The deceptive tactics employed by the Omífọ́n people to deceive King Adébárá and his subjects can be compared to the story in Joshua 9:3-6.

 

However, when the people of Gibeon heard what Joshua had done to Jericho and Ai, they resorted to a ruse: They went as a delegation whose donkeys were loadeda] with worn-out sacks and old wineskins, cracked and mended. They put worn and patched sandals on their feet and wore old clothes. All the bread of their food supply was dry and moldy. Then they went to Joshua in the camp at Gilgal and said to him and the Israelites, “We have come from a distant country; make a treaty with us.”

 

In that account, the inhabitants of Gibeon were afraid of what the Israelites might do to them, so they disguised themselves as travelers from a distant land.

 

They used spoiled bread and worn-out shoes to make it appear as if they had come from a faraway place. However, while the Gibeonites acted out of fear, the Omífọ́n people had ulterior motives.

 

The behavior of the assistant chief priest, who went against the will of God and deceived the people, can be compared to the story of Elisha and Gehazi in 2 Kings 5.

 

Gehazi, the servant of Elisha, disobeyed his master and secretly pursued personal gain, leading to dire consequences. Similarly, the assistant chief priest’s actions resulted in the loss of his life.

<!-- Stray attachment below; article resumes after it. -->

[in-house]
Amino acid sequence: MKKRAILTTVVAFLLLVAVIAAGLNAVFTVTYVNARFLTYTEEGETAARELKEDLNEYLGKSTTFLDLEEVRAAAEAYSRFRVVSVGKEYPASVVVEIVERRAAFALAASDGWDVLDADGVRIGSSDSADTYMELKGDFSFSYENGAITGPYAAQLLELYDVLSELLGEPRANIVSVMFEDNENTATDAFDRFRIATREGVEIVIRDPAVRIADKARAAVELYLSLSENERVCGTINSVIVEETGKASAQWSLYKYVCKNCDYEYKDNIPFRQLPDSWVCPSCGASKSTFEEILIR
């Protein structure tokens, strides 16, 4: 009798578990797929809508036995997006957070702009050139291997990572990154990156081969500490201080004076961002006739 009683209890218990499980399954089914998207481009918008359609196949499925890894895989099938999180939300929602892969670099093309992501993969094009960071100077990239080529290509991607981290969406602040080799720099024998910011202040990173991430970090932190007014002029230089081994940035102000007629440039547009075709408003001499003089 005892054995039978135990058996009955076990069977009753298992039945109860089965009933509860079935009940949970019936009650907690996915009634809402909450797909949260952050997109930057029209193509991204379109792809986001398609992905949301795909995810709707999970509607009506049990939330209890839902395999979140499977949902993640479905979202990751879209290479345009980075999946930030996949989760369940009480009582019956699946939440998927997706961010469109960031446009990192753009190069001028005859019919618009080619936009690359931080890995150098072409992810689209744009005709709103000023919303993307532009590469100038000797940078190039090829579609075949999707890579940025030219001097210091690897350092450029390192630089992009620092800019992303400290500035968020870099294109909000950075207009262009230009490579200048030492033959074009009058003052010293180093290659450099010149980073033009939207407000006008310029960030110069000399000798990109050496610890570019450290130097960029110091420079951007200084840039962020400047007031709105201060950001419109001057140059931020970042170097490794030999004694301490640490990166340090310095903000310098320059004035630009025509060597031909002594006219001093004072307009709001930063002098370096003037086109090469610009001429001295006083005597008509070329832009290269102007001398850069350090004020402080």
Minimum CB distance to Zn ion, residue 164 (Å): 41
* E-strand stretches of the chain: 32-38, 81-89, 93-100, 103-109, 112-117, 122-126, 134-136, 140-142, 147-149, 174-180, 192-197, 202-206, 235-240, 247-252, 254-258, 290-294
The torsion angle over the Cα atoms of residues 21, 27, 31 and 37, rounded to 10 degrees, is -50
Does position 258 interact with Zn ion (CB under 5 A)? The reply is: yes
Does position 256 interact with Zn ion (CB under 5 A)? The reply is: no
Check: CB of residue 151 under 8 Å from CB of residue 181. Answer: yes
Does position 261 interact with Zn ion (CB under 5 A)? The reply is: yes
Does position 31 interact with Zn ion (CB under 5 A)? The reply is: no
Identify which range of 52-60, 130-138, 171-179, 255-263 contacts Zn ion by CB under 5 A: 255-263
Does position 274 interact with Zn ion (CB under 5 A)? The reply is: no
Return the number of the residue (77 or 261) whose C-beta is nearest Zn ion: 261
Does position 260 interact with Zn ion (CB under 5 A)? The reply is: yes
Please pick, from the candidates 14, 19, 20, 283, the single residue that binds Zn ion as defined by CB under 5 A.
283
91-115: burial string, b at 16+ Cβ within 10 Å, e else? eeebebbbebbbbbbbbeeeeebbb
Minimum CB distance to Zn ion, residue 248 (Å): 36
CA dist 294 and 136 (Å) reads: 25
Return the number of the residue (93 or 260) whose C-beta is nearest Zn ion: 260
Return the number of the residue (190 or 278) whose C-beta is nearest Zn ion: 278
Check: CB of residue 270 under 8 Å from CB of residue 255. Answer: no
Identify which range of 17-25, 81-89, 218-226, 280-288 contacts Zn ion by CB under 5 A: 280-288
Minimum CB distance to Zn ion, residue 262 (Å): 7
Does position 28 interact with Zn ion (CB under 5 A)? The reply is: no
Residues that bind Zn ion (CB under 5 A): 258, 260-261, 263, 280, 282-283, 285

Hmmm, as the saying goes, “Those who fail to learn from history tend to repeat it.” This story may be a mere depiction, but its essence mirrors real-life experiences. Will you continue reliving history, or will you choose to learn from it?

 

 

They were not ignorant because the Chief Priest, representing the Holy Spirit, warned and reminded them.

 

However, they chose to chase him away, much like many of you are currently doing.

 

And surely, another option or spirit will present itself as a replacement, such as the spirit of lust, envy, sin, and so on, until its consequences arise and it becomes too late.

 

Dear reader, I wish I could speak to you in various languages to open your eyes and make you see how sin continues to deceive humanity.

 

Some have professed to have given their lives to Christ, yet they persistently push away the Holy Spirit by dressing immorally, promoting immoral speech and behavior, and celebrating sin with joy.

 

Should we continue to sin so that grace may abound? Absolutely not (Romans 6:1-2). Meanwhile, some have yet to make their decision, choosing instead to serve their selfish desires rather than receiving the freedom found in Christ Jesus.

 

What shall we say then? Shall we continue in sin, that grace may abound? God forbid. How shall we, that are dead to sin, live any longer therein?

 

Sin can appear attractive and enticing, presenting itself as harmless. It may start with a single white lie, till you become a king of lies, or that one seemingly insignificant sex scene in a movie that could be forwarded, then you find yourself wanting more or it becomes an addiction.

 

Just as the people of Omífọ́n disguised themselves as harmless, sin often masks its true nature. Its purpose is to violate your conscience and contaminate your heart. This is why the Bible urges us to guard our hearts, for everything we do flows from it. (Proverbs 4:23).